Sculpt – The initial prototype, either physical or 3d. Physical sculpts are also your Prototype.
Rapid Prototype – (Verb) A fancy term for turning CAD files into physical prototypes.
(Noun) the new physical prototype made from the 3d sculpt. See image and note at bottom of page.
Prototype – the result of the above processes; also “proto”.
Molder/Moulder/Mold Maker – The guy that makes your mold/moulds.
Master Mold – The rubber formed around the proto, used to make the original and highest detail “Masters” possible. This mold produces only 1 mini at a time (usually). Cost per Master Mold: $75 to $125. There are some that refer to the main Production Mold as the Master Mold, while others refer to the Master Mold simply as the “Master”. (yeah, confusing, right?).
Production Mold – The circular wheel of Silicone that will be used to “Spin Cast” your minis. A production mold can be made to suit 4 to 10 minis depending on size and shape. Can host all of the same mini, over and over again, or all different ones. Costs: $50 to $150 (depending on costs from same company for the individual Master Molds).
Spin Cast or Cast (v) – Molten metal is poured into the center of the Production Mold, the Production Mold is then spun very fast, forcing the liquid metal into the mini-shaped-cavities. After it sits for a few minutes to cool, the Production Mold can be opened, and the Casts can be pulled out.
Wanna see one get spun? Watch this ReaperMini Factory Tour video. Super interesting!
Cast(s) (n) – The final mini(s). This is the final product, what you will sell/include in your game.
Clamshell – The rectangular plastic bubble, oft attached to cardboard backing, that a mini is commonly sold in.
I hope this helps. It took me weeks worth of discussing with 4 or 5 different companies to get all that straightened out. I really hope you found this before you attempted the same.
Recommendations for contacts to get Physical Sculptors: Contact Oliver Piotrowski at www.tablewarfare.com he has a team he can refer you to. – Yahoo has a Sculpting Yahoo Group. – A quick Google search can pull up some names and companies to drop emails to as well. – Whoever you hire, be sure to give clear art direction; it’s easy to end up with excessively angry looking males, and excessively chesty/bootyful females, even when your concept art doesn’t show such.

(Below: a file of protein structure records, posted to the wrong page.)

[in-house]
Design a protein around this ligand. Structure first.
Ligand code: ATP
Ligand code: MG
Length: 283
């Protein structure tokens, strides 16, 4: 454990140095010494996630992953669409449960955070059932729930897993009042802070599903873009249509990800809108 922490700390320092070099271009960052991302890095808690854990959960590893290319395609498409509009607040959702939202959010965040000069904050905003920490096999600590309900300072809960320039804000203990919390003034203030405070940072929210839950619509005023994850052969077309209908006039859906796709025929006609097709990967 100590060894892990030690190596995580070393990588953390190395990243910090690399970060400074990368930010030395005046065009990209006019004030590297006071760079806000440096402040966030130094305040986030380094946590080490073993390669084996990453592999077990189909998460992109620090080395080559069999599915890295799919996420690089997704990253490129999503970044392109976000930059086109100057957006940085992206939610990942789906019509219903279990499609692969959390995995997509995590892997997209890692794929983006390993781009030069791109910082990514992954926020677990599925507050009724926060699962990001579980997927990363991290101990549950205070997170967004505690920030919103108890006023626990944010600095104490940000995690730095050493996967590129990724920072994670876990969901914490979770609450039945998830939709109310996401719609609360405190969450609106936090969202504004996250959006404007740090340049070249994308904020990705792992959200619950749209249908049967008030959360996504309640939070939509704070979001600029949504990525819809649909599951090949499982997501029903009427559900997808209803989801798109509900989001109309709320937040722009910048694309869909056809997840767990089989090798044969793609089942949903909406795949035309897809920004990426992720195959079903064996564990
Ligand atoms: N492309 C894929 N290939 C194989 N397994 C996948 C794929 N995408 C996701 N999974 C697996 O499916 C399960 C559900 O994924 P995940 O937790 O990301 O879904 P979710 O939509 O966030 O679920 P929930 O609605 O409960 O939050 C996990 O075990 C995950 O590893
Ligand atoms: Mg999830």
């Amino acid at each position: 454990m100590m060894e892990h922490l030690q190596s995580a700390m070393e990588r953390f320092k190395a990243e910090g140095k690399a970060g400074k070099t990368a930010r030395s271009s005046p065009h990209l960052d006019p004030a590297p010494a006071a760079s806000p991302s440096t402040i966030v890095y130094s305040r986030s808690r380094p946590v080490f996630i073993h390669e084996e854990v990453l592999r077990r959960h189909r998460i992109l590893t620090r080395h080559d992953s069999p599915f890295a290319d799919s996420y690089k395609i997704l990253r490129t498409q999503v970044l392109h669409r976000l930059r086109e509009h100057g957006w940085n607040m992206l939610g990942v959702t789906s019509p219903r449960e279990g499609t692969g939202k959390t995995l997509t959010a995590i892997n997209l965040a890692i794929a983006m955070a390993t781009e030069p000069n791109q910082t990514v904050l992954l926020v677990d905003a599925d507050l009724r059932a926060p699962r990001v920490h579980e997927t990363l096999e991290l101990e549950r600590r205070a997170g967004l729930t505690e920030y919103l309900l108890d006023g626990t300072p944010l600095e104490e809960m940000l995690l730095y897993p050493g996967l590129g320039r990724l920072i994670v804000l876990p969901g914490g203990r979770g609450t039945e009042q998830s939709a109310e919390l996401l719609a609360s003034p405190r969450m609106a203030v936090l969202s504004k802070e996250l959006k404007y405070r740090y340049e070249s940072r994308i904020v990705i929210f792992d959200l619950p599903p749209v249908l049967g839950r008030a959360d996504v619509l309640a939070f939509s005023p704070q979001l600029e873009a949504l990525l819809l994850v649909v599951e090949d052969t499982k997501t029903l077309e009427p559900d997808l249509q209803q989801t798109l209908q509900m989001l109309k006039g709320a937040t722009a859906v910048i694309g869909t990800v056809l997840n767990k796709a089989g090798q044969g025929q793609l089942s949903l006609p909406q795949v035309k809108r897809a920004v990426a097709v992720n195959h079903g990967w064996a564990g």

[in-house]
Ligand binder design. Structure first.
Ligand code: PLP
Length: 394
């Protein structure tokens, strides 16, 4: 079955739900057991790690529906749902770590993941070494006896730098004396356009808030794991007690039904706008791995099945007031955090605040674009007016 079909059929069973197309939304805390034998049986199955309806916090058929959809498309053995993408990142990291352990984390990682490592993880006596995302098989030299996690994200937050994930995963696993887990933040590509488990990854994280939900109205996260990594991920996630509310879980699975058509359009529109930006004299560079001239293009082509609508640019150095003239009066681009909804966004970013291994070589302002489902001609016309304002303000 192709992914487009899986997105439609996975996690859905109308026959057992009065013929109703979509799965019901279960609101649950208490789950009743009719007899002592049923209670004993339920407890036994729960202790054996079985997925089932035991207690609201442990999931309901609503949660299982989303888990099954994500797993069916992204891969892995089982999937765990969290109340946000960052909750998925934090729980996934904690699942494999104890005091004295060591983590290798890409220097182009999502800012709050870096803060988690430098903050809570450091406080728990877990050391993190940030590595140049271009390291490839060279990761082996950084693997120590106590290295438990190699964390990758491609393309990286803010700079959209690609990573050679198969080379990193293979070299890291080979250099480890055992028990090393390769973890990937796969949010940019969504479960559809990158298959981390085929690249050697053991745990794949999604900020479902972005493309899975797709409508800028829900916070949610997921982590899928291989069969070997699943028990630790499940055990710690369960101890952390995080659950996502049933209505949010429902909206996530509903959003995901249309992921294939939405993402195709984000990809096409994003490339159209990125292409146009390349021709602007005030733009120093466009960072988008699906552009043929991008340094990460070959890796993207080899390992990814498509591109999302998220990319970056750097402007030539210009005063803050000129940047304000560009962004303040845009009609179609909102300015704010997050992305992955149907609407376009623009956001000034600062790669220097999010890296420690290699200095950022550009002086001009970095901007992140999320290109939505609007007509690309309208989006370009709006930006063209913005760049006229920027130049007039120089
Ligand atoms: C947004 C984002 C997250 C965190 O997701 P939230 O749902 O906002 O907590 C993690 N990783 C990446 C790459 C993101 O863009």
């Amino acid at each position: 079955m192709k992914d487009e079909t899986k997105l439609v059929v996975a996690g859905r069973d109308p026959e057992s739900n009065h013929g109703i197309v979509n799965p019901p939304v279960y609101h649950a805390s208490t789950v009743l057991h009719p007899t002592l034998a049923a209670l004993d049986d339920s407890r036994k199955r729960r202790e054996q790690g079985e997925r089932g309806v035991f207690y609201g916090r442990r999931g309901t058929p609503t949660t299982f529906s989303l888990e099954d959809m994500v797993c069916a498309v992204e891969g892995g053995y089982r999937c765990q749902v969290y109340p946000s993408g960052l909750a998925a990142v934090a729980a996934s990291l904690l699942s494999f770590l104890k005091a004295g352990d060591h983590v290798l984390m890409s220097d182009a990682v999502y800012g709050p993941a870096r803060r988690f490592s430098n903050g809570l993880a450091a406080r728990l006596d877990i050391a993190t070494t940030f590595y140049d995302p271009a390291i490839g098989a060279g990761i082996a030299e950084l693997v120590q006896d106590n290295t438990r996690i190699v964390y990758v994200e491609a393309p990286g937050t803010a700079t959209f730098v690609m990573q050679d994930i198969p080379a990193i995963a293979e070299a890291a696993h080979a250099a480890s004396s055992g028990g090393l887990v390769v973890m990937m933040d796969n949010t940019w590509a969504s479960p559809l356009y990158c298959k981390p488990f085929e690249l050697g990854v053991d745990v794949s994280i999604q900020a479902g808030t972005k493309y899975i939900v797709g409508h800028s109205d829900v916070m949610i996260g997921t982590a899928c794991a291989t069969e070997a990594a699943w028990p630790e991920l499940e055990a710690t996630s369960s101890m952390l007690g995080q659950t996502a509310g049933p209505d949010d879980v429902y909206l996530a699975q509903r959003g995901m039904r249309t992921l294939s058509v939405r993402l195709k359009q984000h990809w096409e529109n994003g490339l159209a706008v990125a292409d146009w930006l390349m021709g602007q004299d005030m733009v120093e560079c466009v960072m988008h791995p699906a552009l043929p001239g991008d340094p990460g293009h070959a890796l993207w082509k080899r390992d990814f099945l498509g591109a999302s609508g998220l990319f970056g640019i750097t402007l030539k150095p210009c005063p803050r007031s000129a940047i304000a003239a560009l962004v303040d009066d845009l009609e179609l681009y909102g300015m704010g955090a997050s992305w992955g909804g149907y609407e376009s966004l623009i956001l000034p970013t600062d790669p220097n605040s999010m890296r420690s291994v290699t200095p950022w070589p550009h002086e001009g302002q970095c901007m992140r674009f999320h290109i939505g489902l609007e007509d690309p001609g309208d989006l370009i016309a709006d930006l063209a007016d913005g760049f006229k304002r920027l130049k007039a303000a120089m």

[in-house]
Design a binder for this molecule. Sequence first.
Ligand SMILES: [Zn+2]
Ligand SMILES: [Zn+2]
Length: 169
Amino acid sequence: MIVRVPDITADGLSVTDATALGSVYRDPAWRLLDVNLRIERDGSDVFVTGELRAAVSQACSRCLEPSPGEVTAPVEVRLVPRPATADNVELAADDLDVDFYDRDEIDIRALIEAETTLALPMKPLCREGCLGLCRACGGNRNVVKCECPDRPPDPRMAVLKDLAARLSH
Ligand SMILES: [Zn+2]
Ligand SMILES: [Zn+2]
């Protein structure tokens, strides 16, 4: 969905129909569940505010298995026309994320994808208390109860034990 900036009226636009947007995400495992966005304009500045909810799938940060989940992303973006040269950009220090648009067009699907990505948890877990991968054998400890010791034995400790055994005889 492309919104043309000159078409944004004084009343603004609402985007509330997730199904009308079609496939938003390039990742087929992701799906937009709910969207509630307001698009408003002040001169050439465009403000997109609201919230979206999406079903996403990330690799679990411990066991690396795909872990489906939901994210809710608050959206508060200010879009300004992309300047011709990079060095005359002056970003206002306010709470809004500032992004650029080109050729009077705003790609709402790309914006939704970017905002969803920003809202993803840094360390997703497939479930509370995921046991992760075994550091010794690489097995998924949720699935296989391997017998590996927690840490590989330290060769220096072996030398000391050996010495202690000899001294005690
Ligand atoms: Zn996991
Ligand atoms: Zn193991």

Recommendations for 3d Modelers: Clint MacLean did all of our work and is a complete blast to work with, and creates a level of detail that is mind blowing. Jason Harlow is also excellent but we didn’t end up working with him for perfectly mutually neutral reasons.
Recommendation for Rapid Prototyping: Shapeways.com all the way. Really? Really! 100%
We ordered a high end Rapid Prototype of the $298 value; AND a Shapeways “Frosted Ultra High Detail” miniature (a $15 dollar value). The Frosted Ultra High Detail one from Shapeways is:
A) Higher Detail, and VERY noticeably so.
B) 1/20th of the price. At $15.72 cents for a big thick mini, you can’t really complain.
We ordered one of every type from Shapeways (SW)
that might possibly be detailed enough to create Masters from.
Four were denied production and refunded because our details were too …detailed.
(I thought that was cool!) Four others survived the pre-production scrutiny,
were made, and shipped to us.
Plus we got one mega-expensive type from a separate high-end professional
Rapid Prototype company, to compare every possible option
to make the best possible minis for our game, for our backers, for you.
The “Frosted Ultra High Detail” from Shapeways won by far!
It is the type you’ll want to order.
Recommendations for getting Master Molds and Masters done: This can be hard to find quality and price at the same time. Sling some emails around the internet and get some pricing quotes. Speak with them on the phone as there are many layers to the cost, and you should understand them.
Recommendations for final production/spin casting: We’re sending our Production Molds to Michael Noe of Iron Wind Metals. He produces bulk minis more often, more easily, and more cheaply than other companies we’ve spoken with. I chose to trust the final production to his capable and experienced hands (…and less expensive Pewter).
If you do contact any of the people or companies I’ve mentioned, please tell them that I sent you. I would appreciate it, and so would they.
* Supporting your own countries’ economy is always a good idea. China is notorious for terrible labor laws and even worse working conditions – it is what it is. Nobody should pretend that’s not the case. Therefore, these were worth stating as pros and cons for us.
Click here to be brought to one of our most highly lauded articles: Article #7 “How to make a Budget”.